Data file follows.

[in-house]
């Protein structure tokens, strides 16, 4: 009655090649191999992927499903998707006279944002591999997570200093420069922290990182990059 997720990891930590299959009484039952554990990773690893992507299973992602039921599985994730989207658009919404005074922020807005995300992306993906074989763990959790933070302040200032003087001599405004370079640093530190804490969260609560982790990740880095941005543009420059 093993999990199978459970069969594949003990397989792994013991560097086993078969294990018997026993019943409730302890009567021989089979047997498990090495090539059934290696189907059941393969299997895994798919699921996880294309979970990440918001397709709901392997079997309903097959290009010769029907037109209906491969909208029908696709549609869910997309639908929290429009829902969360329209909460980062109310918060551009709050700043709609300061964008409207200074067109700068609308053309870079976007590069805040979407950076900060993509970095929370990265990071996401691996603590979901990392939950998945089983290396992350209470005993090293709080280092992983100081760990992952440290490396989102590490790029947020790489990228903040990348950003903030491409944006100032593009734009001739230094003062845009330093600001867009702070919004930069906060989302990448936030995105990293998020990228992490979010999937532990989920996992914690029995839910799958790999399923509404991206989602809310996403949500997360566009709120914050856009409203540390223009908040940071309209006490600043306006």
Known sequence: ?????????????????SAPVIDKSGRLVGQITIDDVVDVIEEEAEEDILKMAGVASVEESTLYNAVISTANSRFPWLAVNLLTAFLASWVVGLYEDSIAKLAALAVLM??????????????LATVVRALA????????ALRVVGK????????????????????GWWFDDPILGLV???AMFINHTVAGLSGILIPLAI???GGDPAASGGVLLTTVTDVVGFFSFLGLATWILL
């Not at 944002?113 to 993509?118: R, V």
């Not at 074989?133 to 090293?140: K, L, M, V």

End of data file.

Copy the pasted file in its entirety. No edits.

[in-house]
């Protein structure tokens, strides 16, 4: 009655090649191999992927499903998707006279944002591999997570200093420069922290990182990059 997720990891930590299959009484039952554990990773690893992507299973992602039921599985994730989207658009919404005074922020807005995300992306993906074989763990959790933070302040200032003087001599405004370079640093530190804490969260609560982790990740880095941005543009420059 093993999990199978459970069969594949003990397989792994013991560097086993078969294990018997026993019943409730302890009567021989089979047997498990090495090539059934290696189907059941393969299997895994798919699921996880294309979970990440918001397709709901392997079997309903097959290009010769029907037109209906491969909208029908696709549609869910997309639908929290429009829902969360329209909460980062109310918060551009709050700043709609300061964008409207200074067109700068609308053309870079976007590069805040979407950076900060993509970095929370990265990071996401691996603590979901990392939950998945089983290396992350209470005993090293709080280092992983100081760990992952440290490396989102590490790029947020790489990228903040990348950003903030491409944006100032593009734009001739230094003062845009330093600001867009702070919004930069906060989302990448936030995105990293998020990228992490979010999937532990989920996992914690029995839910799958790999399923509404991206989602809310996403949500997360566009709120914050856009409203540390223009908040940071309209006490600043306006």
Known sequence: ?????????????????SAPVIDKSGRLVGQITIDDVVDVIEEEAEEDILKMAGVASVEESTLYNAVISTANSRFPWLAVNLLTAFLASWVVGLYEDSIAKLAALAVLM??????????????LATVVRALA????????ALRVVGK????????????????????GWWFDDPILGLV???AMFINHTVAGLSGILIPLAI???GGDPAASGGVLLTTVTDVVGFFSFLGLATWILL
């Not at 944002?113 to 993509?118: R, V």
């Not at 074989?133 to 090293?140: K, L, M, V």